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"Indian Education For All" curriculum is now required in all Wyoming schools

A school classroom with desks and a chalkboard
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This year, Wyoming students are learning about the state's two tribes, the Northern Arapaho and Eastern Shoshone.

Starting this fall, schools across the state should have been including social studies curriculum about Native American history, government, culture and contemporary contributions. That's because back in 2018, the state legislature passed the "Indian Education For All Act" that gave schools three years to adopt the new curriculum.

Wyoming Department of Education's (WDE) chief policy advisor Kari Eakins said Wyoming's two tribes worked tirelessly to get this curriculum into schools. She said it wasn’t easy. At first, some argued for a short-term education project.

"An initiative or a project is great for a short-term goal that needs to be done," Eakins said. "But when you have two sovereign nations that are part of your state, that's not a short-term thing; that is a permanent status that everybody needs to be educated about."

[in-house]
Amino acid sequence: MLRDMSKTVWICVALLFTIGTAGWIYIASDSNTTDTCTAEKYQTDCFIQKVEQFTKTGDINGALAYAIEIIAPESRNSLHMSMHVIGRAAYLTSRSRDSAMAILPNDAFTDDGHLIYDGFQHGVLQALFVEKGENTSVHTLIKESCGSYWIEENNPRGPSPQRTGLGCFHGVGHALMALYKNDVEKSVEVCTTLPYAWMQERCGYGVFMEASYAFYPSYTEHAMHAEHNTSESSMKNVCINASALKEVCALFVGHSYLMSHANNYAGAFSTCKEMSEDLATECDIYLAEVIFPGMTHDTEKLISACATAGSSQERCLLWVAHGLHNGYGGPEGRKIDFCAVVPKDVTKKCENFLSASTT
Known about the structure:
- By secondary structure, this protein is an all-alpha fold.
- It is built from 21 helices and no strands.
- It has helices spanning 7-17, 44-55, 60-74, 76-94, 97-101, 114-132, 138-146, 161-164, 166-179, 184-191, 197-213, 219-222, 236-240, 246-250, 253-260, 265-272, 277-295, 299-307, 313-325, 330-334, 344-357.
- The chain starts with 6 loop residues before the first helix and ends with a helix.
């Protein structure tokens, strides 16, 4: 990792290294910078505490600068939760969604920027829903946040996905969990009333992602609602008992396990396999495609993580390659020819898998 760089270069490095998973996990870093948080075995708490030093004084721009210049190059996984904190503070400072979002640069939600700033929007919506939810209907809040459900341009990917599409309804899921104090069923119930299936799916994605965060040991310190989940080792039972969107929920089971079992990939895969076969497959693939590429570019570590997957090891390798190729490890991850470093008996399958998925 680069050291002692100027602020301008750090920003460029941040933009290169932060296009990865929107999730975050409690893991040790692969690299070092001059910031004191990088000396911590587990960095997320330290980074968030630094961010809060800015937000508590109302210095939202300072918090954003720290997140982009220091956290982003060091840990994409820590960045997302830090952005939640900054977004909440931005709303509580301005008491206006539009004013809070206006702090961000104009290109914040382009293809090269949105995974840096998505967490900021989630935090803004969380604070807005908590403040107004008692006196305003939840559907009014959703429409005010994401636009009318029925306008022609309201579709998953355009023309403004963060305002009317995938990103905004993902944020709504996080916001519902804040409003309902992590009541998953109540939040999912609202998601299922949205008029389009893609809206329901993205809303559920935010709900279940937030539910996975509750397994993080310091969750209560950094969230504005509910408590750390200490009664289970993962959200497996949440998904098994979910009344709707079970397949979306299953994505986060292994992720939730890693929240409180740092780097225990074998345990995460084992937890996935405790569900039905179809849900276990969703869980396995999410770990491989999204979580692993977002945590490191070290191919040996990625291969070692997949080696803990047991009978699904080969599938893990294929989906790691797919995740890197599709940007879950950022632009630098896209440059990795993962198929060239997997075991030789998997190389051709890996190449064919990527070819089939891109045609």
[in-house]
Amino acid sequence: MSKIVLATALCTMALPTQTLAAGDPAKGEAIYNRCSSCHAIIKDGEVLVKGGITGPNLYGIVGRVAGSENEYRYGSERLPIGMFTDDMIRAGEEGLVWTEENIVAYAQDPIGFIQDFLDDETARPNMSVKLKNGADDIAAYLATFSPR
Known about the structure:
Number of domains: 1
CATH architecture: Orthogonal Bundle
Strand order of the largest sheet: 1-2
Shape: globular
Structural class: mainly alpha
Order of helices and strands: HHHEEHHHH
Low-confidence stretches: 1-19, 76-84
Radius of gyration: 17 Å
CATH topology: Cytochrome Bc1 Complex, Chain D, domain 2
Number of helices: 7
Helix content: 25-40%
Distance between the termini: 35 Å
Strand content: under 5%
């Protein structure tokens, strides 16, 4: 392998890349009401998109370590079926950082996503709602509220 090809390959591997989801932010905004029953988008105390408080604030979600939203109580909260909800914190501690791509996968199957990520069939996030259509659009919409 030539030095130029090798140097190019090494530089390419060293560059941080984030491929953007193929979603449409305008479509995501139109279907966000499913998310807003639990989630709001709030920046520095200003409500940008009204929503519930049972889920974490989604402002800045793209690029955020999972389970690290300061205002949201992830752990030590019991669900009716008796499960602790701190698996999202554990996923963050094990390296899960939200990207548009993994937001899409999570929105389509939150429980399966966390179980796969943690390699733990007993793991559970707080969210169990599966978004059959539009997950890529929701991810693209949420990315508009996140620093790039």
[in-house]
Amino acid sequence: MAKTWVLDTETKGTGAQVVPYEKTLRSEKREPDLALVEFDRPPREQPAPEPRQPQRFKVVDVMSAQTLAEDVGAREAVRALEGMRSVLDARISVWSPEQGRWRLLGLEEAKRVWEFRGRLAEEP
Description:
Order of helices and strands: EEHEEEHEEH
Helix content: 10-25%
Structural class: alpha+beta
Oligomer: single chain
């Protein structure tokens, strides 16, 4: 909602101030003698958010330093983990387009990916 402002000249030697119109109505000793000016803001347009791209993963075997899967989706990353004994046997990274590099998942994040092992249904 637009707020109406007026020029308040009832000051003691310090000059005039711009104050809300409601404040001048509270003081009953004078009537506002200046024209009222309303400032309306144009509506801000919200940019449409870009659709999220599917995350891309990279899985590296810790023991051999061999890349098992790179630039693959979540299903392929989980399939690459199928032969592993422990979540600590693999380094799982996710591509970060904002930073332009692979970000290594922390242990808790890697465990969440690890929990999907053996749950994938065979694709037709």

Eakins said, to guarantee that school districts comply, the curriculum will be included in each school’s annual accreditation review.

WDE Social Studies consultant Rob Black said another aspect of the program is that on the Wind River Reservation, students are also using the new curriculum to learn computer science.

"We saw an opportunity to develop some lesson plans that include coding and other computer science concepts that are related to our standards for grades three to five on the Wind River Reservation," Black said. "The hope is to take the lessons statewide once they're developed. They combine the social studies standards that address Native American history and culture with our computer science standards."

Melodie Edwards is the host and producer of WPM's award-winning podcast The Modern West. Her Ghost Town(ing) series looks at rural despair and resilience through the lens of her hometown of Walden, Colorado. She has been a radio reporter at WPM since 2013, covering topics from wildlife to Native American issues to agriculture.

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